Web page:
“People used to be worried if they drove over the cover crop that the cover crop stand would be harmed,” he explains. “That can happen, but we see more and more people placing cover crop seed immediately after fall harvest, for instance the silage chopper and grain drill may be in the field at the same time.

“If it’s already established and you do drive on it you are still usually better off because you have that extra week or two of cover crop growth which in the fall can really make a difference. If you get a really cold fall and you still haven’t gotten your cover crop in, but you’ve put manure on…you haven’t really gained as much.”

Another misconception about fall applications is that you don’t really have to work fertilizer into the ground because nitrogen isn’t as likely to volatilize due to cooler soil temperatures. Rogers says that isn’t correct in many cases. “There is some research that shows the nitrogen doesn’t volatilize, but you are still at-risk for nutrient run-off, especially when it’s surface supplied and you get rain coming in or snow and it melts. It’s still best practice if you can work that manure or fertilize into the soil to help prevent runoff and volatilization of nitrogen.”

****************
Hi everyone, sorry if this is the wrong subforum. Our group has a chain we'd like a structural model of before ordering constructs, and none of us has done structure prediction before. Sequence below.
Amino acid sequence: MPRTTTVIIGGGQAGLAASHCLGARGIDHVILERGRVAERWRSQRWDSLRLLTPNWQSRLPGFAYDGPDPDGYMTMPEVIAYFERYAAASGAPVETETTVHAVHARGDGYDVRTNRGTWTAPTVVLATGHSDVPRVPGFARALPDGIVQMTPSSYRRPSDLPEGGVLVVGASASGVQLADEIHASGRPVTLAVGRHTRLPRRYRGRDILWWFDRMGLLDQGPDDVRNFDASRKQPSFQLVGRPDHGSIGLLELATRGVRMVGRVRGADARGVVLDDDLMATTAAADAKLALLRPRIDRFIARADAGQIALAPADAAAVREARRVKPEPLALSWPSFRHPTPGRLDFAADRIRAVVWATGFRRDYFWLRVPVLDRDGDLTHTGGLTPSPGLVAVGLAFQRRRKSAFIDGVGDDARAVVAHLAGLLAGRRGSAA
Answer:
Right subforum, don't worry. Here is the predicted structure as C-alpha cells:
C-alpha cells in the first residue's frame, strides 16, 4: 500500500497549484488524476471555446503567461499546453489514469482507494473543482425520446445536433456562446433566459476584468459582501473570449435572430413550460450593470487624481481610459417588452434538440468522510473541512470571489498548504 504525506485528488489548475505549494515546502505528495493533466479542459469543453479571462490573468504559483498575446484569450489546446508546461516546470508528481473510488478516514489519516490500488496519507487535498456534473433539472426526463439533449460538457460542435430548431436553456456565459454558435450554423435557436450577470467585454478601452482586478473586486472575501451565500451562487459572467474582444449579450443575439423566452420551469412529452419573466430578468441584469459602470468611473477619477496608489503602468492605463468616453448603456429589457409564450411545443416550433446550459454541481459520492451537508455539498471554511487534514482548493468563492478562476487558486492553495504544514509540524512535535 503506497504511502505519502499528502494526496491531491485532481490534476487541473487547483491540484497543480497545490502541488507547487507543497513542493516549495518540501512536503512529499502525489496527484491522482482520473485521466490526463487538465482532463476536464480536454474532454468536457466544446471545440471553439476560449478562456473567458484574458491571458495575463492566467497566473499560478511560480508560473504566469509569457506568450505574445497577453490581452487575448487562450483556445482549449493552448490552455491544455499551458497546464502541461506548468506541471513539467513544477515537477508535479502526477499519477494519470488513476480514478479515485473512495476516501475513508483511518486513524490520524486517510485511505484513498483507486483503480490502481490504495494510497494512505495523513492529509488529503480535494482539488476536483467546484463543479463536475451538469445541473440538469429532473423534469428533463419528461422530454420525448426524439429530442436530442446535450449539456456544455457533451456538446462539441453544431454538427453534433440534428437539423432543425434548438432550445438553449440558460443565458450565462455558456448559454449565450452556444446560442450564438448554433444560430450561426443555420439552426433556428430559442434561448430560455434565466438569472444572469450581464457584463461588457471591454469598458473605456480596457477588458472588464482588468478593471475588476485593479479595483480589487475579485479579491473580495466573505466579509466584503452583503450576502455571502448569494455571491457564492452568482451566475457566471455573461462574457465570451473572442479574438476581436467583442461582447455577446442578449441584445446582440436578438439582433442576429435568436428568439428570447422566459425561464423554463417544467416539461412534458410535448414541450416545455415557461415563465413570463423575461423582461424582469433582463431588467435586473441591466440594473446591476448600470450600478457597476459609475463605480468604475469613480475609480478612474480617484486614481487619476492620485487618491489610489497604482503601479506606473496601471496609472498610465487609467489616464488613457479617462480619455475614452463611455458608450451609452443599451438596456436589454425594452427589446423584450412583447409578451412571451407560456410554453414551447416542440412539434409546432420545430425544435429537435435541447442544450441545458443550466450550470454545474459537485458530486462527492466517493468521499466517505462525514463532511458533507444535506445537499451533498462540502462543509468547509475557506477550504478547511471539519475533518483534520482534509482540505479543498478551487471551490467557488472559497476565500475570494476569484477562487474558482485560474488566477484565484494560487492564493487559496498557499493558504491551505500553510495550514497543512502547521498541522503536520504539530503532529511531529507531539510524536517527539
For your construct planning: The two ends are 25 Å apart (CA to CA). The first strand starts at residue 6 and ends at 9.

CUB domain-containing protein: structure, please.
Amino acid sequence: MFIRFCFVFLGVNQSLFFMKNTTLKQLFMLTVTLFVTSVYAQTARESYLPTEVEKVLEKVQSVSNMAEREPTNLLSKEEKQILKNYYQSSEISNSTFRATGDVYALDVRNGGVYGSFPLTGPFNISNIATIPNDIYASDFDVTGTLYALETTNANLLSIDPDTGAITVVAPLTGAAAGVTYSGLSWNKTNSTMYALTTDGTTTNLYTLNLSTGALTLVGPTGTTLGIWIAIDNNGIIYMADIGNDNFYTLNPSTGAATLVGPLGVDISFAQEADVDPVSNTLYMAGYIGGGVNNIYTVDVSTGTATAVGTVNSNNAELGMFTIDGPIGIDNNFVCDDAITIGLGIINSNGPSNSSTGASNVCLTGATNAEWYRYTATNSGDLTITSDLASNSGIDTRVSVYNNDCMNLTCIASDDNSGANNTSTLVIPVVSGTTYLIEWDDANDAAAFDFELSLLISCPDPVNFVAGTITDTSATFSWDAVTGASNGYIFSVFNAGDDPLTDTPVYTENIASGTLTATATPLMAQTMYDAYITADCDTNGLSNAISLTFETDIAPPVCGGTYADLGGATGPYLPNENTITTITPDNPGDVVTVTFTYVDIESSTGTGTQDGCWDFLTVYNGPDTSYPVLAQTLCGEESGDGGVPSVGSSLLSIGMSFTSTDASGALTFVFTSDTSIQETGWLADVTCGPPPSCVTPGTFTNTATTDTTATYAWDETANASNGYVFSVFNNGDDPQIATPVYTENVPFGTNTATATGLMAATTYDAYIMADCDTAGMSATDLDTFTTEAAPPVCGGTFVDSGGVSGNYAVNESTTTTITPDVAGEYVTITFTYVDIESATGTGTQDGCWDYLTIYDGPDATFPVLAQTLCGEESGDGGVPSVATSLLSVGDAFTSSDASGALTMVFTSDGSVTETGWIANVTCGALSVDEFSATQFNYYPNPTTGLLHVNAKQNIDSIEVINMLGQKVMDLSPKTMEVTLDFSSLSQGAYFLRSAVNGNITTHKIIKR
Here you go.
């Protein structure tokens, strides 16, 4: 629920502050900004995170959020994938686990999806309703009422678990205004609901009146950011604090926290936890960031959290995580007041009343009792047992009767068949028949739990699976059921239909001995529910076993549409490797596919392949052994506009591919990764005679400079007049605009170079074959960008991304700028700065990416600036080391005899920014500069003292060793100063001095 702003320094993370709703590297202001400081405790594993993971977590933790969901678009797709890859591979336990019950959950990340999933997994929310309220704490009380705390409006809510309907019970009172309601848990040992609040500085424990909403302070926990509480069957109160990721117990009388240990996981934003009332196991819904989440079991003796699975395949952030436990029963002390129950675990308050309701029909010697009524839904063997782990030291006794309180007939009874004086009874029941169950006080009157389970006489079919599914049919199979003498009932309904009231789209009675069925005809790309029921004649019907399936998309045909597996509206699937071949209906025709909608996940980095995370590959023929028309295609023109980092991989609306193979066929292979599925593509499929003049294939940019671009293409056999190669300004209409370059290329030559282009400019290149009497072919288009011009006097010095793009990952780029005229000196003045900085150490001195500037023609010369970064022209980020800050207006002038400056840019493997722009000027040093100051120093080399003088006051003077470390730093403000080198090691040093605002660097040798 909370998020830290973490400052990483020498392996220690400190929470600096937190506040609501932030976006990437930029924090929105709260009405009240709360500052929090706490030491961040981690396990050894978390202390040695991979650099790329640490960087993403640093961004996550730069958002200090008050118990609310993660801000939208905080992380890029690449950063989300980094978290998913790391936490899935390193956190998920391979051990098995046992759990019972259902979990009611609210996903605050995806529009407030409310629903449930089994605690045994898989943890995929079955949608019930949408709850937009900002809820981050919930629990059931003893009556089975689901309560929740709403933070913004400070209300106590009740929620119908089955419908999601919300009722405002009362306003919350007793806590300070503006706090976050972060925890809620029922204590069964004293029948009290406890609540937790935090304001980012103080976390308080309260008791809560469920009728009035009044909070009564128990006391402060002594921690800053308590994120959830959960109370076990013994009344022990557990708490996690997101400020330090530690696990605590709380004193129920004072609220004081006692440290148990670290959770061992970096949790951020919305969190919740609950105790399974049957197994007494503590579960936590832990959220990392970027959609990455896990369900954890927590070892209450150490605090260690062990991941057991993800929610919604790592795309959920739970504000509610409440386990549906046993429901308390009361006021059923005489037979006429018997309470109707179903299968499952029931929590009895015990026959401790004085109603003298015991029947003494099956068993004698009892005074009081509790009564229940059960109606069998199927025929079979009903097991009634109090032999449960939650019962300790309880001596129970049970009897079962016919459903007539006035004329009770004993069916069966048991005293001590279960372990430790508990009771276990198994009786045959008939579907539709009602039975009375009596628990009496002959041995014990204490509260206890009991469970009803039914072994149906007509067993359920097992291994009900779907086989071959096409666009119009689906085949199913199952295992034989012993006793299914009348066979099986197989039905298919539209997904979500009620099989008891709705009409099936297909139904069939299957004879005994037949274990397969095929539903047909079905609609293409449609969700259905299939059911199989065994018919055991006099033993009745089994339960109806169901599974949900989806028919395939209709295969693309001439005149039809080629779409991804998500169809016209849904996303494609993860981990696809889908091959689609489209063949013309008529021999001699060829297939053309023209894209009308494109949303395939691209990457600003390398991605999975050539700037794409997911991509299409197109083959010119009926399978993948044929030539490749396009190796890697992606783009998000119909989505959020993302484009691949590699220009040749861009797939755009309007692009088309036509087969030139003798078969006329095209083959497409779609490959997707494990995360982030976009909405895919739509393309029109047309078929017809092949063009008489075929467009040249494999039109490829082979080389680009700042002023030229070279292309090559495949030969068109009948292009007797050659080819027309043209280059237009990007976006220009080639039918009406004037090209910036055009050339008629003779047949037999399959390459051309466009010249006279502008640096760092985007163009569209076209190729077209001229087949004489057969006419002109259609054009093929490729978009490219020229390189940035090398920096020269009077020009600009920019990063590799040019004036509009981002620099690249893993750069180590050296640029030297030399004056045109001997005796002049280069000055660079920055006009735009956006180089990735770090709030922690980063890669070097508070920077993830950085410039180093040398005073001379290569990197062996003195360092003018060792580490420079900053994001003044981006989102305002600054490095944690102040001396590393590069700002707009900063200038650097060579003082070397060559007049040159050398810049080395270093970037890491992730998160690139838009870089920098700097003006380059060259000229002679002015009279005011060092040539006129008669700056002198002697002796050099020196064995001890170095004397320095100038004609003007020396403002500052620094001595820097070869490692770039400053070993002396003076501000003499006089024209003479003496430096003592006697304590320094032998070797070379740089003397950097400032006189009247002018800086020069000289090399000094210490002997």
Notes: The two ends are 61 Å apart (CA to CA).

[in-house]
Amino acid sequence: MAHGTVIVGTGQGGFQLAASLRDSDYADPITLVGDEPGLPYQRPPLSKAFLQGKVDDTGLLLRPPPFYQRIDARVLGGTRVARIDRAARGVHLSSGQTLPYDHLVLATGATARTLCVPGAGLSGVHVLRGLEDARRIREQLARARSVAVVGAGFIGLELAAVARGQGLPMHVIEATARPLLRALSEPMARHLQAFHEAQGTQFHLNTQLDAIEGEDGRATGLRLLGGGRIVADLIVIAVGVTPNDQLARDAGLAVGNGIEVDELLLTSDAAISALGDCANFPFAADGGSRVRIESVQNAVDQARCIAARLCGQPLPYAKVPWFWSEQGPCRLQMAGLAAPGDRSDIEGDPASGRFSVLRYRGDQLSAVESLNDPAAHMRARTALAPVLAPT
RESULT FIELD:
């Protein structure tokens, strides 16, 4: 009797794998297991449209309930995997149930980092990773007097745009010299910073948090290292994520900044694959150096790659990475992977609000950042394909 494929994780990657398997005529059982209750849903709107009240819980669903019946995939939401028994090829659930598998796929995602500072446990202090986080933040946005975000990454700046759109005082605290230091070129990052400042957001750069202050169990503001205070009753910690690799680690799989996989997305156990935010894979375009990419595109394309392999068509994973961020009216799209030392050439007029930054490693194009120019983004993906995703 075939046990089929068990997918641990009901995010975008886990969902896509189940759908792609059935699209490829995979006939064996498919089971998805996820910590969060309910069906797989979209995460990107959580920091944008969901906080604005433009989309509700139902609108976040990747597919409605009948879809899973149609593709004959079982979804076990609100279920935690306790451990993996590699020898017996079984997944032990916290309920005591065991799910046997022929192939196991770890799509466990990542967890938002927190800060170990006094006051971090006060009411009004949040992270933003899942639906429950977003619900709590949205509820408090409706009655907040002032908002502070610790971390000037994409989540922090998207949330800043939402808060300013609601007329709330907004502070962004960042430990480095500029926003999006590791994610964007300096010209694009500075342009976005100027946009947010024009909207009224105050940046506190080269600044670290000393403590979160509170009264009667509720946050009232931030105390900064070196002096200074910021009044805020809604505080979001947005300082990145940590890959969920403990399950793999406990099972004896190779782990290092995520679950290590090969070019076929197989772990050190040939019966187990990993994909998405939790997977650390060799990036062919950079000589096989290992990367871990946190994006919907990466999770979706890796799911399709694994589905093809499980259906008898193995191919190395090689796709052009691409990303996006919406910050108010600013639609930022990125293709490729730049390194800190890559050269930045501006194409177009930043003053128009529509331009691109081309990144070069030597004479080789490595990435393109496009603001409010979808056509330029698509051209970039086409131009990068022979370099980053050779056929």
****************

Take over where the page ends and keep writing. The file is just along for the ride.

Don’t forget storage
Come fall, many farmers’ thoughts turn to storage and how their storage system will cope through the cooler months. 

Rogers says a rule of thumb is for growers to determine if their storage system has the capacity to withstand a 25-year, 24-hour storm event that produces a maximum amount of precipitation. “Do you have a storage system that can hold six months of manure to make sure you can get through that winter season without having to apply manure?”

She also recommends keeping accurate records of animal head counts and note any increases and what they could mean for manure storage capacity. “I know it sounds like a no-brainer but it’s an important management check.”

Even if your capacity is sufficient, Dougherty recommends checking it in the fall to make sure it is in proper working order. That includes an inspection after it has been pumped out to make sure there are no cracks or leaks anywhere. Growers may even want to consider using a long-scoped inspection camera to make sure there are no cracks below the surface. In the case of outdoor lagoons, Dougherty suggests taking a walk around the perimeter to check for any animal burrows and fill them in as well as removing any vegetation or brush with a deep taproot. •